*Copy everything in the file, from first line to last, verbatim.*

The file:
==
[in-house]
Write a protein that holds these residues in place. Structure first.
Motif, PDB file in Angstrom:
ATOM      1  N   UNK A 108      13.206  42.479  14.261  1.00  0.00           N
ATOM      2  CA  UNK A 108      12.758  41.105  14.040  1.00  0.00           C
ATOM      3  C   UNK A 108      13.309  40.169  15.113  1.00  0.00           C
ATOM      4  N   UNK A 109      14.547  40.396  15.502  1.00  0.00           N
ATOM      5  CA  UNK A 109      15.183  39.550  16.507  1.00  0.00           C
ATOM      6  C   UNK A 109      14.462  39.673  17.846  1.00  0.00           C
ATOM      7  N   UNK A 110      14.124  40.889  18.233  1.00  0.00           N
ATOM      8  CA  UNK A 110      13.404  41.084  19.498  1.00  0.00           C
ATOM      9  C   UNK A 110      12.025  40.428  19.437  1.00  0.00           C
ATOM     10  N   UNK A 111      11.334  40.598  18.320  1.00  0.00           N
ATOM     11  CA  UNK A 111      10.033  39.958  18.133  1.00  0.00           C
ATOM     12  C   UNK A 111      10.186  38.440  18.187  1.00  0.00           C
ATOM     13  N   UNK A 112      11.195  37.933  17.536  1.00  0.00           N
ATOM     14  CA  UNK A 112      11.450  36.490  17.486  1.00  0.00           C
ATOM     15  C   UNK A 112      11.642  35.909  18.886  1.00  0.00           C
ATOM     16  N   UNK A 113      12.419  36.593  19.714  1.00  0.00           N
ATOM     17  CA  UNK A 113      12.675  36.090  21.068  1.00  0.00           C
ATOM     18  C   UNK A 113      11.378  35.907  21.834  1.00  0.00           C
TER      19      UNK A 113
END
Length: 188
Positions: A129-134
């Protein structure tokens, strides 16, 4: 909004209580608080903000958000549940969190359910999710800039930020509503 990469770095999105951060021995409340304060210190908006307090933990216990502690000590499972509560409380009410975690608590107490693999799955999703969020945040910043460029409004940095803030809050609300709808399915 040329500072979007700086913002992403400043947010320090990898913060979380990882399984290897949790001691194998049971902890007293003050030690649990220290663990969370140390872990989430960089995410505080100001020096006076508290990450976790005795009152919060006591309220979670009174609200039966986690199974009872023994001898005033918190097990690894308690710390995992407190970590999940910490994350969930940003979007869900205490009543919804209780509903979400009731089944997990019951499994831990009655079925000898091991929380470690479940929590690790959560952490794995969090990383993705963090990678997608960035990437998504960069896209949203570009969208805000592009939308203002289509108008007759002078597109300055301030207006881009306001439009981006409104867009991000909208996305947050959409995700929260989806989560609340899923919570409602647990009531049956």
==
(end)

[in-house]
Write a protein that holds these residues in place. Structure first.
Motif, PDB file in Angstrom:
ATOM      1  N   UNK A 108      13.206  42.479  14.261  1.00  0.00           N
ATOM      2  CA  UNK A 108      12.758  41.105  14.040  1.00  0.00           C
ATOM      3  C   UNK A 108      13.309  40.169  15.113  1.00  0.00           C
ATOM      4  N   UNK A 109      14.547  40.396  15.502  1.00  0.00           N
ATOM      5  CA  UNK A 109      15.183  39.550  16.507  1.00  0.00           C
ATOM      6  C   UNK A 109      14.462  39.673  17.846  1.00  0.00           C
ATOM      7  N   UNK A 110      14.124  40.889  18.233  1.00  0.00           N
ATOM      8  CA  UNK A 110      13.404  41.084  19.498  1.00  0.00           C
ATOM      9  C   UNK A 110      12.025  40.428  19.437  1.00  0.00           C
ATOM     10  N   UNK A 111      11.334  40.598  18.320  1.00  0.00           N
ATOM     11  CA  UNK A 111      10.033  39.958  18.133  1.00  0.00           C
ATOM     12  C   UNK A 111      10.186  38.440  18.187  1.00  0.00           C
ATOM     13  N   UNK A 112      11.195  37.933  17.536  1.00  0.00           N
ATOM     14  CA  UNK A 112      11.450  36.490  17.486  1.00  0.00           C
ATOM     15  C   UNK A 112      11.642  35.909  18.886  1.00  0.00           C
ATOM     16  N   UNK A 113      12.419  36.593  19.714  1.00  0.00           N
ATOM     17  CA  UNK A 113      12.675  36.090  21.068  1.00  0.00           C
ATOM     18  C   UNK A 113      11.378  35.907  21.834  1.00  0.00           C
TER      19      UNK A 113
END
Length: 188
Positions: A129-134
């Protein structure tokens, strides 16, 4: 909004209580608080903000958000549940969190359910999710800039930020509503 990469770095999105951060021995409340304060210190908006307090933990216990502690000590499972509560409380009410975690608590107490693999799955999703969020945040910043460029409004940095803030809050609300709808399915 040329500072979007700086913002992403400043947010320090990898913060979380990882399984290897949790001691194998049971902890007293003050030690649990220290663990969370140390872990989430960089995410505080100001020096006076508290990450976790005795009152919060006591309220979670009174609200039966986690199974009872023994001898005033918190097990690894308690710390995992407190970590999940910490994350969930940003979007869900205490009543919804209780509903979400009731089944997990019951499994831990009655079925000898091991929380470690479940929590690790959560952490794995969090990383993705963090990678997608960035990437998504960069896209949203570009969208805000592009939308203002289509108008007759002078597109300055301030207006881009306001439009981006409104867009991000909208996305947050959409995700929260989806989560609340899923919570409602647990009531049956």